The Immigration and Nationality Act (“INA”) mandates that all employers have to complete Form I-9 for employees employed after November 6, 1986. Immigration and Customs Enforcement (“ICE”) makes random audits to an employer’s Form I-9s by providing the employer with a Notice of Inspection (“NOI”). ICE engages in random audits of companies of all sizes and in all trades. For every Form I-9 that has an inaccuracy, ICE will levy a fine of up to $1,100. Employers commonly audited by ICE have a substantial number of errors which can very rapidly intensify into tens or hundreds of thousands of dollars in fines.
Note: fines can be higher if ICE thinks the employer with full knowledge hired an employee who was not legally permitted to work in the United States.
The INA also includes necessities which direct employers to not commit discrimination in the Form I-9 procedure and computes precise forms of discrimination that are banned. This portion of the I-9 law repeatedly goes unnoticed to employers. The Office of Special Counsel (“OSC”) is a division of the U.S. Department of Justice that is responsible for examining allegations of discrimination in the Form I-9 procedure. In the last several years, the number of OSC investigations has gone-up profoundly. An OSC Investigation can cause civil penalties, back pay with interest to employees not employed because of unfair I-9 practices, and mandatory training and monitoring by the OSC.
Employers normally have no prior warning that they will be subject to an NOI or an OSC Investigation. As per the law, documents receptive to an NOI must be delivered to ICE by the employer within 72 hours. OSC Investigations also change very rapidly and incline to appeal wide-ranging documentation and corporate information as well as interviews of management and employees.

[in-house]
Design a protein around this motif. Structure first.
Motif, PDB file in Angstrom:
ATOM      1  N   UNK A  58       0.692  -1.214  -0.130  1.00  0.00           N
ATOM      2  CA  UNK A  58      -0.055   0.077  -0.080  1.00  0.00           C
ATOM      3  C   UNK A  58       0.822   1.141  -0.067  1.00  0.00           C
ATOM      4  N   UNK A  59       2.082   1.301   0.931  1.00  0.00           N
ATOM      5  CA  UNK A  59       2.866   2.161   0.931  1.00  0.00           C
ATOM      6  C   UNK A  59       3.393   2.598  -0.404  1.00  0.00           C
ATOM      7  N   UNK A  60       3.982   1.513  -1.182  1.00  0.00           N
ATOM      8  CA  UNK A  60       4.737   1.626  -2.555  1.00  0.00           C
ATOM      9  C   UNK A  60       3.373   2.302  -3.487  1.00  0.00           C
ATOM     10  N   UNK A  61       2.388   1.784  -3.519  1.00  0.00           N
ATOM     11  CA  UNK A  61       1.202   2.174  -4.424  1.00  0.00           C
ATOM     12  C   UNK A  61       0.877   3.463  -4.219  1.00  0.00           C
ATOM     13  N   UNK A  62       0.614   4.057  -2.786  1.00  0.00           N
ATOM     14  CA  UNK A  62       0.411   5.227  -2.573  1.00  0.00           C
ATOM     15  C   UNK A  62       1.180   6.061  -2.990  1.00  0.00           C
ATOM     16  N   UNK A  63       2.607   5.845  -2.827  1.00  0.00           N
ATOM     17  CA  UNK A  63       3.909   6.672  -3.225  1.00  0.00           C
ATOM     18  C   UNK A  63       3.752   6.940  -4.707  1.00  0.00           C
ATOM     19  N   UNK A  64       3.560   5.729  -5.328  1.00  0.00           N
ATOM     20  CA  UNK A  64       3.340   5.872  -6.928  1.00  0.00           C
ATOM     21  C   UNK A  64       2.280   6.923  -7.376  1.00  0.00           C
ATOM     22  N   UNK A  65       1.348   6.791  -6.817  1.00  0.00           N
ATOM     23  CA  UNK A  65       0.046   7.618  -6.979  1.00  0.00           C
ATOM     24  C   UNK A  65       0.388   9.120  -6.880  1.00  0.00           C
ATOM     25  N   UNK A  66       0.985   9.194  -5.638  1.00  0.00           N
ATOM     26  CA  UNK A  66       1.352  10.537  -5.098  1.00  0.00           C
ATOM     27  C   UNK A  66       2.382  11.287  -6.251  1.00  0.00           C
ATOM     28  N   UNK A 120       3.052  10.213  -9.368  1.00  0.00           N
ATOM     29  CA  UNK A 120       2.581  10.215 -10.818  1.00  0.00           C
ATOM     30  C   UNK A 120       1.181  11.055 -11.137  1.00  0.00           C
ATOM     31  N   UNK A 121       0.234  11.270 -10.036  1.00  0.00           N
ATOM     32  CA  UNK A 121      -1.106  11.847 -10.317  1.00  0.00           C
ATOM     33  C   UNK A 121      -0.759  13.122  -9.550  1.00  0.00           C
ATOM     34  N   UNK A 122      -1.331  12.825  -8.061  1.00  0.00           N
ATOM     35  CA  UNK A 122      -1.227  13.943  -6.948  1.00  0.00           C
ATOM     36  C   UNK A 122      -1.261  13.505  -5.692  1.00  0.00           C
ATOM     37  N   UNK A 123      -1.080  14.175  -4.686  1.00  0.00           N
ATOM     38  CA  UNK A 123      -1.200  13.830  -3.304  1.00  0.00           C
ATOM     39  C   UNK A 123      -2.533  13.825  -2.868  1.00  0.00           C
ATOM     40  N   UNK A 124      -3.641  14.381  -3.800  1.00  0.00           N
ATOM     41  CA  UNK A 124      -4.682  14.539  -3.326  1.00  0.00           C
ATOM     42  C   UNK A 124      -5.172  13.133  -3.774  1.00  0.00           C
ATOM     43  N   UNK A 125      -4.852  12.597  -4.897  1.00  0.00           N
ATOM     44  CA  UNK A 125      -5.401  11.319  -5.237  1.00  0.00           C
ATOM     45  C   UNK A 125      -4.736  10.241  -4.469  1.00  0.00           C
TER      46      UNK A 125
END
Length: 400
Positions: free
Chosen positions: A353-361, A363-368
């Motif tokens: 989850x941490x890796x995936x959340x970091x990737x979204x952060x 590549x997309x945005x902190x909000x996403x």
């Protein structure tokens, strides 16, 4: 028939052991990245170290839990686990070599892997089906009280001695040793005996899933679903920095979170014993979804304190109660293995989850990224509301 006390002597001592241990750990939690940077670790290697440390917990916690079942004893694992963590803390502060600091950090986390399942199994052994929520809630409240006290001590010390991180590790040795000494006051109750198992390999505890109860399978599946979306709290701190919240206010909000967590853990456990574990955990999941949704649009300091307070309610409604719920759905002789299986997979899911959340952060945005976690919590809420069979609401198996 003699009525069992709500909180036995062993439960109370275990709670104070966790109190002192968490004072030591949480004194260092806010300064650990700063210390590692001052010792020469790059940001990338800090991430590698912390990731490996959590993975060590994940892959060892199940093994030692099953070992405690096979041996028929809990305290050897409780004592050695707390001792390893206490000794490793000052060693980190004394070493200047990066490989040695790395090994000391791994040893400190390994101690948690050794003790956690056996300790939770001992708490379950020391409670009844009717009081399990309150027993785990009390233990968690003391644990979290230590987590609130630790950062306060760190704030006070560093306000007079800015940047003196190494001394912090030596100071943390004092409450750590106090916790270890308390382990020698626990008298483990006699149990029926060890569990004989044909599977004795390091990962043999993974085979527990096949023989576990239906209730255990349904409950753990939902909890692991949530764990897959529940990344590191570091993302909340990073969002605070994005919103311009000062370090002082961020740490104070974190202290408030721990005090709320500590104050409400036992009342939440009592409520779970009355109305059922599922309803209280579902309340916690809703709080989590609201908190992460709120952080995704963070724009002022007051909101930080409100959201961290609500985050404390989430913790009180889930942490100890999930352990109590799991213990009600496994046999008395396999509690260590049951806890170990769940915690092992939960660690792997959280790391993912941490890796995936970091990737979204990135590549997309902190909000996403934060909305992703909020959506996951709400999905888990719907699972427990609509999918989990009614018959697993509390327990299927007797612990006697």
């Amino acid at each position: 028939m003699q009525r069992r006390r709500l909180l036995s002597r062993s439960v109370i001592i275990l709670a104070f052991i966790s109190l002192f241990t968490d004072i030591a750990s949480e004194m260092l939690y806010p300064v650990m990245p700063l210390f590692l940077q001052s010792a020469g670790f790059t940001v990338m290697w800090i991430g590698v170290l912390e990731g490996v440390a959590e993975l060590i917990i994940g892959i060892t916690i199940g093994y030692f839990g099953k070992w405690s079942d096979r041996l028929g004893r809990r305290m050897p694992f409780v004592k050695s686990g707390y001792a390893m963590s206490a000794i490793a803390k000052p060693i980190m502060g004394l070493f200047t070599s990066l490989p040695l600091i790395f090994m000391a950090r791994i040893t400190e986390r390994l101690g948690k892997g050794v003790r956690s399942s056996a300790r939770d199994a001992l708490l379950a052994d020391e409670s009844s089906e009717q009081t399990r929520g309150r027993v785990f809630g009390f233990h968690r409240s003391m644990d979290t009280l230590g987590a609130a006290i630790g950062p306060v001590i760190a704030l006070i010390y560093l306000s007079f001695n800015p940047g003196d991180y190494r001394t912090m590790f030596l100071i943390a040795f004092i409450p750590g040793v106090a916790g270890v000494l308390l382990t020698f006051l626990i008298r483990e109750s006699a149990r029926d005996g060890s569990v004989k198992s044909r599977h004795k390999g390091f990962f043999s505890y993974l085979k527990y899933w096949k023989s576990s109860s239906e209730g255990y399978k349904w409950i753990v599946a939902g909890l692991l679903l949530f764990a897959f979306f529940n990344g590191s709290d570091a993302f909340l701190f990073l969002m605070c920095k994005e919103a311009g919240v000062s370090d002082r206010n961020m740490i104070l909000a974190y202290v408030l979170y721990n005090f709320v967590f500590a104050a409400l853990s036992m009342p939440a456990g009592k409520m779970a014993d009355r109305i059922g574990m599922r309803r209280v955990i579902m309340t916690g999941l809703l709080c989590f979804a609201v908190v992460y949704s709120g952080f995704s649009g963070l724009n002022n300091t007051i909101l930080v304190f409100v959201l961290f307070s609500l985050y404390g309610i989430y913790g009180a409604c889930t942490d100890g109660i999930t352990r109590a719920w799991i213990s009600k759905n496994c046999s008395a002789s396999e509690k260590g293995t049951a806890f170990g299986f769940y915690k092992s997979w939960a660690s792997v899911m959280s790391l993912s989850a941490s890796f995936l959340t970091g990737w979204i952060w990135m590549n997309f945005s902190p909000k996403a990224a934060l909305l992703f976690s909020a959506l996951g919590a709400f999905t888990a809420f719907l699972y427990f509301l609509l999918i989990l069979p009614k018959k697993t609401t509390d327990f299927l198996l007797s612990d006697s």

It is highly recommended that you consider an independent I-9 audit under the following conditions:
- There has been a change in the HR position(s) charged with the responsibility of handling and processing I-9 Forms
- None of the employees responsible with the I-9 process have been officially trained
- You have prior knowledge of I-9 document violations, errors and unintentional mistakes
- You have in recent past undergone a corporate restructuring, merger or acquisition
- You are aware of an on-boarding procedure that is complicated, such as multiple jobsite positions where the I-9 procedure happens
- When you haven’t documented your I-9 Form policies and procedures in a policy statement or procedures manual
- A large volume of foreign worker I-9 forms
- If no calendar system exist for re-verification or terminated employee retention
- No centralized I-9 recordkeeping process exits
- Getting copies of documents presented during the I-9 process for specific employees
- You take part in government contracts and re requested to perform an I-9 audit
- You have not performed a random or full audit within the last year by either an internal individual who is familiar with I-9 compliance rules but does not deal with I-9s on a regular basis, or by a reputable independent I-9 auditor.
- You’re unaware that a new I-9 form was released and do not have a process in place for staying current with regulations and procedures
For more on how to avoid fines in an I-9 Audit by ICE, join expert speaker Patricia A. Bollman in a Live Webinar on Thu, October 27, 2016. During the webinar, Patricia will provide practical strategies to be in the best position to defend an NOI or OSC investigation.